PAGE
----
Now that the 2021 season is over for the New York Mets, we have been looking back at the year that was. After taking a more general view of the offense, pitching, and coaching staff, it’s time to take a deeper dive into the Mets’ players. This series will take a look at every player on the roster for the Mets at the end of the season from A (Albert Almora Jr) to Y (Jordan Yamamoto). The review will look at their season statistics, stories, and what role (if any) they will have next season. We continue the series today with a look at third baseman J.D. Davis.
Player Review: J.D. Davis
2021 Stats: 73 Games, 179 At Bats, .285 Batting Average, 51 Hits, 12 Doubles, 5 Home Runs, 23 RBI’s, 18 Runs Scored, 1 Stolen Base, .820 OPS, 0.8 WAR
Story: J.D. Davis entered the 2021 season as the Mets’ starting third baseman and came out of the gate red hot, batting .410 with two home runs and six RBI’s for the month of April. The course of Davis’ season changed on May 1 in Philadelphia when he was hit on the left hand, leading to a ligament injury that sidelined him for the next two and a half months. Davis came back after the All-Star Break and was never the same again, struggling to hit as the impact of the hand issues hampered his ability to swing the bat, making Davis a net negative for the Mets. The team eventually transitioned Davis to the bench in September, handing the majority of reps at third base to Jeff McNeil. Davis ended up undergoing surgery after the season to repair a torn ligament in his left hand.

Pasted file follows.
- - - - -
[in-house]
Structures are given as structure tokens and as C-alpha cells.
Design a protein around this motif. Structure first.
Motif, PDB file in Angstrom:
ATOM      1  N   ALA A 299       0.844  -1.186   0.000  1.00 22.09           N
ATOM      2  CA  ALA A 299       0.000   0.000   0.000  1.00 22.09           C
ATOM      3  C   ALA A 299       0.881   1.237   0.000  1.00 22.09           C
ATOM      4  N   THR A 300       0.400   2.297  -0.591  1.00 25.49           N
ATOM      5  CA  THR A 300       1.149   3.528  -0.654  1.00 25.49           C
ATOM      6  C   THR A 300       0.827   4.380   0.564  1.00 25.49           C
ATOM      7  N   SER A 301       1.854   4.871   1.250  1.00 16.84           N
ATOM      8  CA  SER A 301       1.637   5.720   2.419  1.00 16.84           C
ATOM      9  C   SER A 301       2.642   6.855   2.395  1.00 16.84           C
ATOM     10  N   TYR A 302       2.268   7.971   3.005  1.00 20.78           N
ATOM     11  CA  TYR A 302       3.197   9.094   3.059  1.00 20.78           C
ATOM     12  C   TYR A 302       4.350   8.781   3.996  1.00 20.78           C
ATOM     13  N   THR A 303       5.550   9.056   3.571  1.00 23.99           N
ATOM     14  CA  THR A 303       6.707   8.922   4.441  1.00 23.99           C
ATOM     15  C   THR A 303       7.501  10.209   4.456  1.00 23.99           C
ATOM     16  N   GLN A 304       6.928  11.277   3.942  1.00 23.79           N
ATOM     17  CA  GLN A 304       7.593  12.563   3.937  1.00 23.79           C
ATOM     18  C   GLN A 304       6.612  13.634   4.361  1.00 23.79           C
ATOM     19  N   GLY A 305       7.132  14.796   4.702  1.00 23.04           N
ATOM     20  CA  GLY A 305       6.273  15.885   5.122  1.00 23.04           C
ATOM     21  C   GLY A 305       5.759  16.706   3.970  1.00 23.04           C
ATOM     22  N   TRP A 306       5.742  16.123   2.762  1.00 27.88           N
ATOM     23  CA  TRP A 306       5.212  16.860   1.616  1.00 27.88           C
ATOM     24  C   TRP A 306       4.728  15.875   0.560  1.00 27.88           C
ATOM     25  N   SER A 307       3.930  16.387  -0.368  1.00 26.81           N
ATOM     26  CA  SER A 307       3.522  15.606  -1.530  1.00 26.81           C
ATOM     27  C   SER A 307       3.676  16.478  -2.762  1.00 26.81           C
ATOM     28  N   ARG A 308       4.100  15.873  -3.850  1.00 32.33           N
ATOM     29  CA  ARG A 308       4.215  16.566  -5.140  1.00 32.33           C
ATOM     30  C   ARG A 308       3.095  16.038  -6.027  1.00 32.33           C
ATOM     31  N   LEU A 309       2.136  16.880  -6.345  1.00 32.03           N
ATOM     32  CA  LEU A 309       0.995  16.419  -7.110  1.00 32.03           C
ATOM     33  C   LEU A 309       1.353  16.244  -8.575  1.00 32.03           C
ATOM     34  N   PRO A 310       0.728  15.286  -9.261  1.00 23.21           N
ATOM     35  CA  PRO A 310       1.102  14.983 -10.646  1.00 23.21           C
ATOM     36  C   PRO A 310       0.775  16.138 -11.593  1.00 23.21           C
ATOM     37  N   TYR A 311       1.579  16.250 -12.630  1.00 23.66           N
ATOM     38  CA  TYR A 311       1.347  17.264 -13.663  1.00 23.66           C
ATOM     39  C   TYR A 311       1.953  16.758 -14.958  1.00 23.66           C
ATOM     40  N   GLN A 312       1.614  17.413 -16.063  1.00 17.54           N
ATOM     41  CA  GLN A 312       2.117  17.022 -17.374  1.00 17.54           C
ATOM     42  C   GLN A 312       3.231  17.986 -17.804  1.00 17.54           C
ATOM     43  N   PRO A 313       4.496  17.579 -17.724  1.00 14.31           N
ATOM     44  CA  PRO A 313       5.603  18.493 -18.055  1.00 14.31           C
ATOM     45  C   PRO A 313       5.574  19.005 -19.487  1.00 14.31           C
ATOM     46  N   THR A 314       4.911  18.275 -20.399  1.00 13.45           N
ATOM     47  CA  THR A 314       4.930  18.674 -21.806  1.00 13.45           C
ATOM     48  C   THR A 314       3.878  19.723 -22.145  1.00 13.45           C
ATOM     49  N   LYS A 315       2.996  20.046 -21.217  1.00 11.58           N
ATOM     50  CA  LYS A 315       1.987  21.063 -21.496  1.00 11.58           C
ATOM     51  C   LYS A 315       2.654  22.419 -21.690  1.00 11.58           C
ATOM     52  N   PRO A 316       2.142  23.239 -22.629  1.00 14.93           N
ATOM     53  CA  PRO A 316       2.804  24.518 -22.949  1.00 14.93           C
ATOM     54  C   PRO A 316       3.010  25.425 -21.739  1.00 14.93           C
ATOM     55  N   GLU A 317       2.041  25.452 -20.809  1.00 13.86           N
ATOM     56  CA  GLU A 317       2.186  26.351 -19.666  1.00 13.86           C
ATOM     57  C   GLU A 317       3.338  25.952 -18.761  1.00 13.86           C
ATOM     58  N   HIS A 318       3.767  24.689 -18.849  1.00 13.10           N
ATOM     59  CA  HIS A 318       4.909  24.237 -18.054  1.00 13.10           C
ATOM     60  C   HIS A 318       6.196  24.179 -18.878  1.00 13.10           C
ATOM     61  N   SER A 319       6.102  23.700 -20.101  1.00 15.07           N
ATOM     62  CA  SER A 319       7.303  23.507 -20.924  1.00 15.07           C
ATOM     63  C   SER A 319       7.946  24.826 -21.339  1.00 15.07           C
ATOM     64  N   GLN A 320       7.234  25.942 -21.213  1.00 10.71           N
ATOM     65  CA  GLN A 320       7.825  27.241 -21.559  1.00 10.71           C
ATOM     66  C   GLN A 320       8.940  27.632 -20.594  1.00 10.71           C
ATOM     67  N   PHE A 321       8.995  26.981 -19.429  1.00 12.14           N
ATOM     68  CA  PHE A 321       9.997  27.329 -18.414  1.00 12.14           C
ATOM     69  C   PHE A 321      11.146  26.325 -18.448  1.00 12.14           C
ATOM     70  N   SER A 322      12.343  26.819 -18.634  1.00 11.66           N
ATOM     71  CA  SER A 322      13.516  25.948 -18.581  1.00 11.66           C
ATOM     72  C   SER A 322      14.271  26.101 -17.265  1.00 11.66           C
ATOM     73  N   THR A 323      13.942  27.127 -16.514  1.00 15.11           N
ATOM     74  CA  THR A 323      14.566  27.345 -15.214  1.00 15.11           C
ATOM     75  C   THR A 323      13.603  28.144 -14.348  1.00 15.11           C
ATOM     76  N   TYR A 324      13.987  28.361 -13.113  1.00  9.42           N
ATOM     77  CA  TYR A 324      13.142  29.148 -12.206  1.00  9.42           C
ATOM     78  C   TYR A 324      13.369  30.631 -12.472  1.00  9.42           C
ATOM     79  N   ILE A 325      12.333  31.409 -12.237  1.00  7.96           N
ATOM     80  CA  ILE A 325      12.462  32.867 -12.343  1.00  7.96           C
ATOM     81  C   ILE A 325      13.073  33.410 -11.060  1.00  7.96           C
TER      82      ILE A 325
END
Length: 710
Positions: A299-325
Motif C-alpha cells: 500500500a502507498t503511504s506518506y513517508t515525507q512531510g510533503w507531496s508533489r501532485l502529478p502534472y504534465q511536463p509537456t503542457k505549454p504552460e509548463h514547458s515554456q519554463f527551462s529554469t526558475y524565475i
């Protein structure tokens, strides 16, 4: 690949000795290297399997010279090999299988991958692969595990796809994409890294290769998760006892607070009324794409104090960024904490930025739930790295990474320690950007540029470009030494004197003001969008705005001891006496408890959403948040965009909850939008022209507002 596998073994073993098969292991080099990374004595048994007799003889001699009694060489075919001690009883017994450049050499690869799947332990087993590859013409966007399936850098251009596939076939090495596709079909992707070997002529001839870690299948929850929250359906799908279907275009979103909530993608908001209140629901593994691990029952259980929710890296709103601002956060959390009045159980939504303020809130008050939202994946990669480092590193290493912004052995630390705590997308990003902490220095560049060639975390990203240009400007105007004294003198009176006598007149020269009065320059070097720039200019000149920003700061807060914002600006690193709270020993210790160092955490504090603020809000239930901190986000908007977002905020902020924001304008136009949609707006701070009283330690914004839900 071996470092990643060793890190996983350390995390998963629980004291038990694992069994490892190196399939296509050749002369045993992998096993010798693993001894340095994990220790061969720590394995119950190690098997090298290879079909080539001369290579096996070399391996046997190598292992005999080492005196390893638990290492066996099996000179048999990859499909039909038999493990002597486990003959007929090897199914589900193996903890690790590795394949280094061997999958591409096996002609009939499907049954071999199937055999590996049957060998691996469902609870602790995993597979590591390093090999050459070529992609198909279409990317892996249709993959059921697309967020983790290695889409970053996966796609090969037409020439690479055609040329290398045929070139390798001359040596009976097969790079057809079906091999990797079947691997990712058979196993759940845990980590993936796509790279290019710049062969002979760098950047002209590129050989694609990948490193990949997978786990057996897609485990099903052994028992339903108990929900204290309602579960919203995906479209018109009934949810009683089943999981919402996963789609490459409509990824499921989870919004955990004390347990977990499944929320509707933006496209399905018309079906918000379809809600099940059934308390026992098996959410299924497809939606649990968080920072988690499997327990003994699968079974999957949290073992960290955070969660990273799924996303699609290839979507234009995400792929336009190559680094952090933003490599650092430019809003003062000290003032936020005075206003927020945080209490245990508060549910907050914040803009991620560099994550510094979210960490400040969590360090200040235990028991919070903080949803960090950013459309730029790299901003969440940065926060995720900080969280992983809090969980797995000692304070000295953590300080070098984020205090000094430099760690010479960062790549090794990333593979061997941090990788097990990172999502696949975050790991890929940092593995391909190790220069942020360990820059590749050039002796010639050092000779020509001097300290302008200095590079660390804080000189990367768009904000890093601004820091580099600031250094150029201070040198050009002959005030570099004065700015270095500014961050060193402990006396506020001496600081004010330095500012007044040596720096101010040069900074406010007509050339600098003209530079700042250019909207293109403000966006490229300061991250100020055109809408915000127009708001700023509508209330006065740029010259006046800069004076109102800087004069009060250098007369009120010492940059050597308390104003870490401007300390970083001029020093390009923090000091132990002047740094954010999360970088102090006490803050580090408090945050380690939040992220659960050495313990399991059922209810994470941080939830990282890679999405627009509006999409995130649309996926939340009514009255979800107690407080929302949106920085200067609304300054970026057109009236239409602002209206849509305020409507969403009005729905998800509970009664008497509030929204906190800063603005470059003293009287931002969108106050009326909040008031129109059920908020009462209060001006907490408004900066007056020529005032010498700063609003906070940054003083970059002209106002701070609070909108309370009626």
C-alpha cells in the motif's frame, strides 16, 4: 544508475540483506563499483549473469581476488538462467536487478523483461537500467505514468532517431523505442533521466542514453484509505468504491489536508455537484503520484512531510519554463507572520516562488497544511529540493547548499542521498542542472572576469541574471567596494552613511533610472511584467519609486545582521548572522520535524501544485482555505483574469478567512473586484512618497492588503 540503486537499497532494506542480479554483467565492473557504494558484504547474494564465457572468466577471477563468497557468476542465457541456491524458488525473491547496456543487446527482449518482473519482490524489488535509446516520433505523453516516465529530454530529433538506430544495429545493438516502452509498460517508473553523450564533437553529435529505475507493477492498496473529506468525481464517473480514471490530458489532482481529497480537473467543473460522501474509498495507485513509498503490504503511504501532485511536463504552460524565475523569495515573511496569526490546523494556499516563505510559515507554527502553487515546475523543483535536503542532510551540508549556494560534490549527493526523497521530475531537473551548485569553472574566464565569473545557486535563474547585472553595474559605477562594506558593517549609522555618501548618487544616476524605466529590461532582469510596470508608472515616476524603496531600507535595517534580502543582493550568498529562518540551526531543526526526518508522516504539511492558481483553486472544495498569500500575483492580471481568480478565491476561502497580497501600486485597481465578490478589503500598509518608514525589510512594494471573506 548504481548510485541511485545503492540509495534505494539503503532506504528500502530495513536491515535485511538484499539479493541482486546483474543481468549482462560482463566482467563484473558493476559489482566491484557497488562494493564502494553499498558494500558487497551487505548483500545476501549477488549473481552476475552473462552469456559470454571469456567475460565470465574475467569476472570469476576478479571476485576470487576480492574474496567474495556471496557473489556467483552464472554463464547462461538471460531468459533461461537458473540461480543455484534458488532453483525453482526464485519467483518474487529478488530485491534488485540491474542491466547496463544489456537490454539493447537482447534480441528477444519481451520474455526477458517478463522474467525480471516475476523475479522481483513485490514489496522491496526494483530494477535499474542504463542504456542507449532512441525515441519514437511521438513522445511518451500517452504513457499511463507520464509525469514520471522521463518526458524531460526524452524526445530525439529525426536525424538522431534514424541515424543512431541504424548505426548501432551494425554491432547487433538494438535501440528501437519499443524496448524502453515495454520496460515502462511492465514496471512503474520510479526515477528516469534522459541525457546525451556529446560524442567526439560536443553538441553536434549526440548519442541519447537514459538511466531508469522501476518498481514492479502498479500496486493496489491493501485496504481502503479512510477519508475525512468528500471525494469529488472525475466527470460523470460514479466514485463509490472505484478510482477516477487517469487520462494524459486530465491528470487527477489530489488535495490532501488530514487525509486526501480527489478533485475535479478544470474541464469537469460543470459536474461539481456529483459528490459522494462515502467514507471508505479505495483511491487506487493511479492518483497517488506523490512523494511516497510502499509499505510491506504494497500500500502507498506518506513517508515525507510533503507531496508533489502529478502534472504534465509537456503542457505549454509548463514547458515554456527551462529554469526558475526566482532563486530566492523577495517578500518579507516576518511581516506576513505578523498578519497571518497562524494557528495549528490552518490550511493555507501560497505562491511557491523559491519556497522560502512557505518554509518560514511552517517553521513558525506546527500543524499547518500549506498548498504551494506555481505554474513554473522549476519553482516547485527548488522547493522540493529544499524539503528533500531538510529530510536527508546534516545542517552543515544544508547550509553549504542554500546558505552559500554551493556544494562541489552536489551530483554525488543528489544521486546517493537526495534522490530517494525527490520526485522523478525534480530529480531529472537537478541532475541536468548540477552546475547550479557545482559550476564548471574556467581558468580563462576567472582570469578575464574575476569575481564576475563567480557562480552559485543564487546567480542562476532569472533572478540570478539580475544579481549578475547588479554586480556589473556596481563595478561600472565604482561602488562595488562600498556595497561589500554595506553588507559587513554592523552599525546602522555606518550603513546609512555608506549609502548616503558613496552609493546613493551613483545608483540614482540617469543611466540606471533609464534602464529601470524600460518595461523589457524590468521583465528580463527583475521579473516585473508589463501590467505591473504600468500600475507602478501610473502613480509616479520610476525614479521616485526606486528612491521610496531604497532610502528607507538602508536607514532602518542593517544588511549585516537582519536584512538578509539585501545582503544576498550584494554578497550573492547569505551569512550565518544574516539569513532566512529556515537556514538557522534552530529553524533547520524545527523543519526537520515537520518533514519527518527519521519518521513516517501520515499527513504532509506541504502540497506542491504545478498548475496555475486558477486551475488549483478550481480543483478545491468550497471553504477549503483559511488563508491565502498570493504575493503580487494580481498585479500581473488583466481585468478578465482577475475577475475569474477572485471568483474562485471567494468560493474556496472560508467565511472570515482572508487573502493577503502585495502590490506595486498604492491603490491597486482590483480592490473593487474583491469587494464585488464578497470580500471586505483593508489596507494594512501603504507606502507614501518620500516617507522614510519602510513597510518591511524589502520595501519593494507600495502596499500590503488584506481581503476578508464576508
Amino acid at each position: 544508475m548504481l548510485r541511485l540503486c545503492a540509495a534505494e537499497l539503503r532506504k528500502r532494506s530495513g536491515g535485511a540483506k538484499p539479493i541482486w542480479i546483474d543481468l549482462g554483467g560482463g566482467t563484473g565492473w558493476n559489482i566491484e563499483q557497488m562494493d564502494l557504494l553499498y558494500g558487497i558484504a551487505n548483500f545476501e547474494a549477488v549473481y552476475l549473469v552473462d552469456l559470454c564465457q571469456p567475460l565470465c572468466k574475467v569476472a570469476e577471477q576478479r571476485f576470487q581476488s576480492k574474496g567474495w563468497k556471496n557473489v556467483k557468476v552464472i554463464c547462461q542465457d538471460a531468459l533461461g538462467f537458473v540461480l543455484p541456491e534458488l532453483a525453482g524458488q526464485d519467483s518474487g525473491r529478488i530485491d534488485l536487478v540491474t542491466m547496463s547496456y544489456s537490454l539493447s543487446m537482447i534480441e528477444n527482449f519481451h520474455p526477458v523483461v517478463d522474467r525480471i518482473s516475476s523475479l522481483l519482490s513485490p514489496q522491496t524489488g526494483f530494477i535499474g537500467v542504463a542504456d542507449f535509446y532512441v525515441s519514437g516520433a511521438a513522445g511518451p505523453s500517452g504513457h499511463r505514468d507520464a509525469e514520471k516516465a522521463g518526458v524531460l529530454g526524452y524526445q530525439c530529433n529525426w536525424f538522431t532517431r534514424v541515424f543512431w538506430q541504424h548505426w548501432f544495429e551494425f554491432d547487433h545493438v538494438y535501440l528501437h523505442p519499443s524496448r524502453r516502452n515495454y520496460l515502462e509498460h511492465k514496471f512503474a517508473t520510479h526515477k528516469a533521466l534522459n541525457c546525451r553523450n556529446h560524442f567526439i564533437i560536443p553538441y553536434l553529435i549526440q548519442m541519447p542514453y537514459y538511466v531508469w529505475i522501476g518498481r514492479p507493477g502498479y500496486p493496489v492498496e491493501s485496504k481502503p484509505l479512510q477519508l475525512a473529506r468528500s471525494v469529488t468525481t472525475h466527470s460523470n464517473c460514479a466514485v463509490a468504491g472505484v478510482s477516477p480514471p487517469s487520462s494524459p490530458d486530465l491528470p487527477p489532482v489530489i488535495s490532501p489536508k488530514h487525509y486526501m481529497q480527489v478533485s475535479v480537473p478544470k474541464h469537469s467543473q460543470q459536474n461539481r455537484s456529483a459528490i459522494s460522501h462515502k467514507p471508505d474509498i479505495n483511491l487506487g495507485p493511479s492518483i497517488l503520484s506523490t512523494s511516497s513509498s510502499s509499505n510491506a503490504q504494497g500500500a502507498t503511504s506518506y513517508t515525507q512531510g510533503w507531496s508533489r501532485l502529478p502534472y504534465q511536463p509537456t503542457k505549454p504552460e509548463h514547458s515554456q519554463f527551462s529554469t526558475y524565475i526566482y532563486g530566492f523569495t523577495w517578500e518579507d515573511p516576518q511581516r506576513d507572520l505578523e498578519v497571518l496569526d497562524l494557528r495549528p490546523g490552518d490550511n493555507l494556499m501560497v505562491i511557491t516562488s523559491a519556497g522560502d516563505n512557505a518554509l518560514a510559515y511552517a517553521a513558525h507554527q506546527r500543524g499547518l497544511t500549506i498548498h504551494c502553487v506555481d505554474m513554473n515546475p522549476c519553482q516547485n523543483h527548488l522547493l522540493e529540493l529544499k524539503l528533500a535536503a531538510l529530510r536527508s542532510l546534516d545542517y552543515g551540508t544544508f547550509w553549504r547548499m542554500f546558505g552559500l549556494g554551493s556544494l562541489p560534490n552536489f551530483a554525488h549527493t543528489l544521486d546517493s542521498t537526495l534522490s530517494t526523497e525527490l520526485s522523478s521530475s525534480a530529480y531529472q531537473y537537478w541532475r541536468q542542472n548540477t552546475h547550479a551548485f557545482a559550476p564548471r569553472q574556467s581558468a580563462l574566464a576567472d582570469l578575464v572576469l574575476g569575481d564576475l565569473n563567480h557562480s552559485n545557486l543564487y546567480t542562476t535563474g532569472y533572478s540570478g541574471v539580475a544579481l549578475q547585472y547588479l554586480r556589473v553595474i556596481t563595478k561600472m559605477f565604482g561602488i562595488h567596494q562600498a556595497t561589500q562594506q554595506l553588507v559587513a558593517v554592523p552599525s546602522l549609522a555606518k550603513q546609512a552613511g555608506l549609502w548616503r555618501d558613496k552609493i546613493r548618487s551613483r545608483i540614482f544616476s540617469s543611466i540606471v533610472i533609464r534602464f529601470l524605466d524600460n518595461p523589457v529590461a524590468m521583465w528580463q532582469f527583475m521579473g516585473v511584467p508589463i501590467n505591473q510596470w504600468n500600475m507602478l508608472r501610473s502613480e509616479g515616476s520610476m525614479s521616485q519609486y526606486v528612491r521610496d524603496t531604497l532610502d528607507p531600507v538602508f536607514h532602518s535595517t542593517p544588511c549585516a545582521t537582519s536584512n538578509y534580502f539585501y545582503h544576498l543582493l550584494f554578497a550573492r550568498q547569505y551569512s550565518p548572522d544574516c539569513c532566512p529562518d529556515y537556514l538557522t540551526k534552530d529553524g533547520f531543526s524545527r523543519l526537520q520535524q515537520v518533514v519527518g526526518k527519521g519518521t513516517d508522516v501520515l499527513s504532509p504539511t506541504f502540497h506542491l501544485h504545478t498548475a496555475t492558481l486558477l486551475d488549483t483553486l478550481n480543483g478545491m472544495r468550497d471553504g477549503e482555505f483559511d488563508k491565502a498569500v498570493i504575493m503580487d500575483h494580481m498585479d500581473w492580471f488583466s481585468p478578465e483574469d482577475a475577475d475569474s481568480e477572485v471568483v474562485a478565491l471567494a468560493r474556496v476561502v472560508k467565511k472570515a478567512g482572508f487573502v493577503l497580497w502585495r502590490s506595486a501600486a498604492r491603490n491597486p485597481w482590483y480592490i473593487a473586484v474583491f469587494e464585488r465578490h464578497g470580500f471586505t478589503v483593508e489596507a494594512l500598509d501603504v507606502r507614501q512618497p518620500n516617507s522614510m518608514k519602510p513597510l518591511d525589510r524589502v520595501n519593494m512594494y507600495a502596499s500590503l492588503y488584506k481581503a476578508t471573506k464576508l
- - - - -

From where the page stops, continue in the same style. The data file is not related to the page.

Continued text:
Davis’ overall stats are decent but he was not an impactful hitter after getting hurt in Philadelphia. Already a minus defender, Davis’ offensive struggles made him borderline unplayable for the Mets down the stretch.
Contract Status: Arbitration Eligible (2nd Time)
Odds of Returning: 45%
2022 Role: Platoon Player
Davis is one of three Mets’ players (alongside McNeil and Dominic Smith) who underperformed in 2021 and isn’t guaranteed a role in 2022. The Mets will likely move some of these players to shake up the roster, which makes the decision difficult since all three guys are arbitration-eligible and shouldn’t make a ton of money.
Davis’ specific case lies in the fact that he can hit very well, a skill that could make him valuable to the Mets with the DH likely coming to the National League whenever a new CBA is signed. The issue is that Davis is unplayable in the field, making him a bit underwhelming as a full-time DH. The odds are likely that Davis is traded to address another need on the roster although the Mets could easily bring him back if they don’t find a deal worthy of sacrificing Davis’ offensive upside as a bench piece in 2022.
Check back tomorrow as our Player Review Series continues with a look at starting pitcher Jacob deGrom!